How I Learned to Stop Worrying and Love Autonomy: Parenting Book Roundup
This post contains Amazon affiliate links for research purposes. Your library probably has these books and you should check there first!
I have come to believe that the best way to parent “wrong” is to try to parent some way that is not natural to you and your kids. Personally, for the first few years there, I really struggled with finding my way to the kind of parent I wanted to be. I lacked confidence so much that I never wanted to parent in front of an audience.
Time passed, I got better at it. Being, well, me, books were naturally part of how I found my feet. I read plenty that were useless or just didn’t suit me, but here are some of the best.
Alyson Schafer, Honey, I Wrecked the Kids and Ain’t Misbehavin’
I actually read the later book first, but it mostly works either way. Schafer is an Adlerian psychologist who urges parents to practice “democratic parenting,” which essentially consists of treating your children like people. You don’t use rewards or punishments, because those don’t work anyway, and you don’t engage in power struggles with your child. Instead, you always offer your child a choice, and you do it evenly, with no drama or vindictiveness. You definitely don’t use shame. If your child doesn’t brush his teeth, you might explain that means he is choosing not to have sweets, since sweets are bad for your teeth, but you don’t go on and on about how his teeth are going to fall out of his head. And when it’s lunch time and he can’t have jelly on his sandwich, you remind him of the reason calmly, but not smugly. You shouldn’t enjoy it.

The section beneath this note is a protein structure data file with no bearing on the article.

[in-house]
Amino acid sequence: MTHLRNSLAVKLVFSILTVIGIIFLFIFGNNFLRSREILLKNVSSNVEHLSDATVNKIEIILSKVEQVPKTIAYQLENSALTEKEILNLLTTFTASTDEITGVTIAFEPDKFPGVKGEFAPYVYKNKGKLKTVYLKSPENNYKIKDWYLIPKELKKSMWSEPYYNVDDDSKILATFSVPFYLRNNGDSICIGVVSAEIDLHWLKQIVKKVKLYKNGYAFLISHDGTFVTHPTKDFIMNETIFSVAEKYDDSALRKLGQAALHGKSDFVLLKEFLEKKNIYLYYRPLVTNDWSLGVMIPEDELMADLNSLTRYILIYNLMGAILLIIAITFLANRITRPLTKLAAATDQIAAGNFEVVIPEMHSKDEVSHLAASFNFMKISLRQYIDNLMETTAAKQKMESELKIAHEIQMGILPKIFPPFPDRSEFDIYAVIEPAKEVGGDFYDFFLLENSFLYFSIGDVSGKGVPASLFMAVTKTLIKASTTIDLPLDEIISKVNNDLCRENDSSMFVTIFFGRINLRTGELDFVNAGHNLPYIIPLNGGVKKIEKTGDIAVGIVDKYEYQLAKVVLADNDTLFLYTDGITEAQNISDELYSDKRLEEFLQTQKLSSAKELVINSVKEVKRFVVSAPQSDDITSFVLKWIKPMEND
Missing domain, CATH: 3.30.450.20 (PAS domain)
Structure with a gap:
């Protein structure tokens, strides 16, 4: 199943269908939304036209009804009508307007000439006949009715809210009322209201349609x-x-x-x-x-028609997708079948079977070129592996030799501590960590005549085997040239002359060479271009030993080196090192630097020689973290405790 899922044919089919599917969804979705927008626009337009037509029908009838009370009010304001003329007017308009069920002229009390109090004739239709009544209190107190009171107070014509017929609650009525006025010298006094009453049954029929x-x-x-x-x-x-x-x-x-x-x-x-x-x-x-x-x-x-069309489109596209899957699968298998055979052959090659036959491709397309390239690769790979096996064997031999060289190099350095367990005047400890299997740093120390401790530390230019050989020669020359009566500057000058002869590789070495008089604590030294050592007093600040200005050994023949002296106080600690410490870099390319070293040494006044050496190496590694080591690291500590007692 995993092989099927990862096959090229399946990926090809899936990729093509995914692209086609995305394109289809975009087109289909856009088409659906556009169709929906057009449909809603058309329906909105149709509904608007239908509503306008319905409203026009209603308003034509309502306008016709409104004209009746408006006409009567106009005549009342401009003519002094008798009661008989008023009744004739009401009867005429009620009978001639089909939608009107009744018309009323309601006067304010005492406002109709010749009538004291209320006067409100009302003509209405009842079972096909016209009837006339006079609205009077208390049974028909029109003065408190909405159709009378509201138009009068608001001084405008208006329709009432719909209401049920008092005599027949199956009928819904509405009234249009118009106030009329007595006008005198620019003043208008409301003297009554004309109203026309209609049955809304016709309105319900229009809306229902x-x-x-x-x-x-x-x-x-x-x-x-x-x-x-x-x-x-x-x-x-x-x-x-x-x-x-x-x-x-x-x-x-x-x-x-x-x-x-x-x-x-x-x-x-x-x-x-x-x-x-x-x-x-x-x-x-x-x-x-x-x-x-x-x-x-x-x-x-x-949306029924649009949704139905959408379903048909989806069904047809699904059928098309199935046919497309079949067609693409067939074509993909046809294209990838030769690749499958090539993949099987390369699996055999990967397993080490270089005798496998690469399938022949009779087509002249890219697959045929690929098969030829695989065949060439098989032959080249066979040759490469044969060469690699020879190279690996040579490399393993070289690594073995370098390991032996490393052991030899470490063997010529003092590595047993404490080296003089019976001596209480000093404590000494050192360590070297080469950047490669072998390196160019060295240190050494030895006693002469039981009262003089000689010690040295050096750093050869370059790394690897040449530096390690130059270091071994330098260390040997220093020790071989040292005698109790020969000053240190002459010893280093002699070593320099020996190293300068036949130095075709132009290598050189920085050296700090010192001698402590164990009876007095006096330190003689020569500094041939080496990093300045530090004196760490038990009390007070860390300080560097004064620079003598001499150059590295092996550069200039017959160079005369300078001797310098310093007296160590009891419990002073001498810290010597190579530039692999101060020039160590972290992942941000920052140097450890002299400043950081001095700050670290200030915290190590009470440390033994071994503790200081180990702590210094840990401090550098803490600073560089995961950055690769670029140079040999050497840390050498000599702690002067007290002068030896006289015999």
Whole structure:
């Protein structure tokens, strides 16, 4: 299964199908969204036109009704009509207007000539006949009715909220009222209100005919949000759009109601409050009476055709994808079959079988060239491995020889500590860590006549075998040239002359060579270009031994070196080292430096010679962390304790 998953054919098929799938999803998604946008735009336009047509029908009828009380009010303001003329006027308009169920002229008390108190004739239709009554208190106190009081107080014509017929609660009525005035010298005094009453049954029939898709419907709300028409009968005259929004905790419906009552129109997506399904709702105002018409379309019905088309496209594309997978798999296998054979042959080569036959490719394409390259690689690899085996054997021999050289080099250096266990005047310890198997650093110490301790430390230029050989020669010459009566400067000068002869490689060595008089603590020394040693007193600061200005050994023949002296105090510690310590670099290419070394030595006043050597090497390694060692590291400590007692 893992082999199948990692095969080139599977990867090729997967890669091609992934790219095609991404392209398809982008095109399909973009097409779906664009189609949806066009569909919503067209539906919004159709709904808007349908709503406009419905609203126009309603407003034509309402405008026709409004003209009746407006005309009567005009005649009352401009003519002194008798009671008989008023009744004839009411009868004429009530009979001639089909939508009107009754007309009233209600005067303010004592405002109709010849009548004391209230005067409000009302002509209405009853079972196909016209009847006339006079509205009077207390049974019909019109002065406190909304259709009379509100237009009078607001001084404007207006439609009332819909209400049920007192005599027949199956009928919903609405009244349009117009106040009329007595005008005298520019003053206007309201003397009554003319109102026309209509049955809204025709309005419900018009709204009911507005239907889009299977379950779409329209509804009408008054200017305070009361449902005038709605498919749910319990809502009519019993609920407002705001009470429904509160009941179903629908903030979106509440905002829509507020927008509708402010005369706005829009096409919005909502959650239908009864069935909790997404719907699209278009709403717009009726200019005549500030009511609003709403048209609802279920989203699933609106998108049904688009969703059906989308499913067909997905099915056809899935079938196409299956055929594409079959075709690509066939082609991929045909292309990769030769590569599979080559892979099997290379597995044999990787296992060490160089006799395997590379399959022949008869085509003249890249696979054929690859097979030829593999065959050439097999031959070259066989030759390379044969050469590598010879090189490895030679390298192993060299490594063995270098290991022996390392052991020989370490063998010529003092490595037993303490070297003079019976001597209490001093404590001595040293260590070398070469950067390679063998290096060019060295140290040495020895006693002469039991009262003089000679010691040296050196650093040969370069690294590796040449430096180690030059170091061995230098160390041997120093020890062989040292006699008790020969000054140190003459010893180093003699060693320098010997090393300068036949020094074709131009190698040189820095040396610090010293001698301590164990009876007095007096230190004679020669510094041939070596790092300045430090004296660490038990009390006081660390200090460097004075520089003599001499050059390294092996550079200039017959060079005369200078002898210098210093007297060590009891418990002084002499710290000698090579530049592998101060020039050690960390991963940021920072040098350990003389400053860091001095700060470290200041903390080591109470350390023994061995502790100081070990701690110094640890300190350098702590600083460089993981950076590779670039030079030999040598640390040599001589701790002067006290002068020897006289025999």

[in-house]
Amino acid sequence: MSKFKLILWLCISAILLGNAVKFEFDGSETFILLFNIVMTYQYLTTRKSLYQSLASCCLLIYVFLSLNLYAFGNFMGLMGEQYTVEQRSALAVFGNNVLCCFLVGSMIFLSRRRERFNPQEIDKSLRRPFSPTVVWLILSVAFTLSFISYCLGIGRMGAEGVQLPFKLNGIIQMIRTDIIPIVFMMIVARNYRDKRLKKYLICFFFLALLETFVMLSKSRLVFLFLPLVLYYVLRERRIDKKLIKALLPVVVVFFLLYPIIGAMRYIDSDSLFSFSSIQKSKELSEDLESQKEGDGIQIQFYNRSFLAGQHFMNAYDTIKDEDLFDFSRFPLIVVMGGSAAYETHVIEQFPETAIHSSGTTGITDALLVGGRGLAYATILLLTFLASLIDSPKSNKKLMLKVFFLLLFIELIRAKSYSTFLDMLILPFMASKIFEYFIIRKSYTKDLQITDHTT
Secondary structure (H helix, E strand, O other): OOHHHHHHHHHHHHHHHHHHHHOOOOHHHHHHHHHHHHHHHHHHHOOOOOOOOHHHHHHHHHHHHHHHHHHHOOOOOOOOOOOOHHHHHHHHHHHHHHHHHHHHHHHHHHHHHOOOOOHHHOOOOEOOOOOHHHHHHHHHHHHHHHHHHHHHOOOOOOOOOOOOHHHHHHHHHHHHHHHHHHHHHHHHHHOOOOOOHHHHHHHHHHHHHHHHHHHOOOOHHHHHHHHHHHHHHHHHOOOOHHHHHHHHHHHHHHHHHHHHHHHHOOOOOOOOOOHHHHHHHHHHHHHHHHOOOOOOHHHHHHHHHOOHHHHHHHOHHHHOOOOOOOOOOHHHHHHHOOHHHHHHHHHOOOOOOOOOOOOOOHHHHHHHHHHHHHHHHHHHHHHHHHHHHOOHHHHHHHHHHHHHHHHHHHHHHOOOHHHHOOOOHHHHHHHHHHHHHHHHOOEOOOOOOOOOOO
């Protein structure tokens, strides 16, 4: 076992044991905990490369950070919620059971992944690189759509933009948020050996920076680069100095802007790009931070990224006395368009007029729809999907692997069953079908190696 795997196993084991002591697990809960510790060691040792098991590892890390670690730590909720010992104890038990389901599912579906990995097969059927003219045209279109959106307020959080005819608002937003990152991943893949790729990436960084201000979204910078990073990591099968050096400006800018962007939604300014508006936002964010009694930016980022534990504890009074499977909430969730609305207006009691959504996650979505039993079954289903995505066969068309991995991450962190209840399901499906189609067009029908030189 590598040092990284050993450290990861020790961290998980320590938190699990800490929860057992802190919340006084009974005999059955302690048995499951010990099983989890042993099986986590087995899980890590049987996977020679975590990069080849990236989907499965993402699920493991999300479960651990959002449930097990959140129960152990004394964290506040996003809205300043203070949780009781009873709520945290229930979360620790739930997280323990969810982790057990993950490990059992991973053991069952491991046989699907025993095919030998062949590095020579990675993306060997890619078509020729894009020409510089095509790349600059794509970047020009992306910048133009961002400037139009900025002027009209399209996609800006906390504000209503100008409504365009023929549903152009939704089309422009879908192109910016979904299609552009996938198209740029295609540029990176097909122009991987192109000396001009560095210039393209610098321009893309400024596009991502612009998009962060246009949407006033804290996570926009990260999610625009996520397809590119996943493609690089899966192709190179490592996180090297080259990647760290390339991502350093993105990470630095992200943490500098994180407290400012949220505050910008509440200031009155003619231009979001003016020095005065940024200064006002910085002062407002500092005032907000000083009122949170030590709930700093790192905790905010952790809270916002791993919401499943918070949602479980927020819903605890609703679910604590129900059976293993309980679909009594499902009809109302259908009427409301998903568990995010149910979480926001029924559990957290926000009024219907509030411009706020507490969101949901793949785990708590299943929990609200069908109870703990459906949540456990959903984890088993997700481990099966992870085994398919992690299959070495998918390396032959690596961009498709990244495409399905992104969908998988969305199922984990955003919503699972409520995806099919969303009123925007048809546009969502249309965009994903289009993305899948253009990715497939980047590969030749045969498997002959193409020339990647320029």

This is the author that has helped me the most, hands-down. For instance, we had meltdowns every time we turned off the television until I started asking the kids, “Do you want to turn off the TV, or should I?” (Fortunately, turning off the TV is a three-remote process, so I have plenty of buttons for both of them.) I taught them to push the right buttons, so now they get to practice a fun skill every time we turn off the TV, and it has cut down on meltdowns dramatically.
More authoritative parenting books like 1-2-3 Magic and Parenting With Love And Logic weren’t that helpful for me. Trying to give time-outs just made us all agitated; I would start counting or warning or whatever and then not want to follow through. While I still have to find a way to follow through, at least it’s not via trying to get a kid to stay on the naughty step. Some people swear by them; they just weren’t for me.
Daniel H. Pink, Drive: The Surprising Truth About What Motivates Us
Not actually a parenting book, but pairs nicely with Alyson Schafer. Just like sticker charts won’t really motivate your kid to go potty, paying people to solve a problem won’t inspire creativity. The authors agree that the research shows people are more strongly motivated by internal forces, like the desire for autonomy, belonging, and a sense of purpose.
Stephen Covey, The Seven Habits of Highly Effective People
Also not actually a parenting book, but the chapter on communication (“Seek First to Understand, Then to Be Understood”) is crucial for learning to relate to people of any age, even toddlers, with empathy. This one also helped with two areas I’m still struggling with: constantly operating in crisis mode, and complaining instead of solving.
The Gesell Institute, Your [X]-Year-Old series.
These books are old now, but don’t discount them–they’re still in print for a reason. They are often laugh-out-loud funny and bursting with positivity even about the most trying ages and behaviors. Besides which, they are a fascinating glimpse into a time when parenting expectations were a touch more reasonable.
Do you find parenting books helpful or useless? What are your favorites?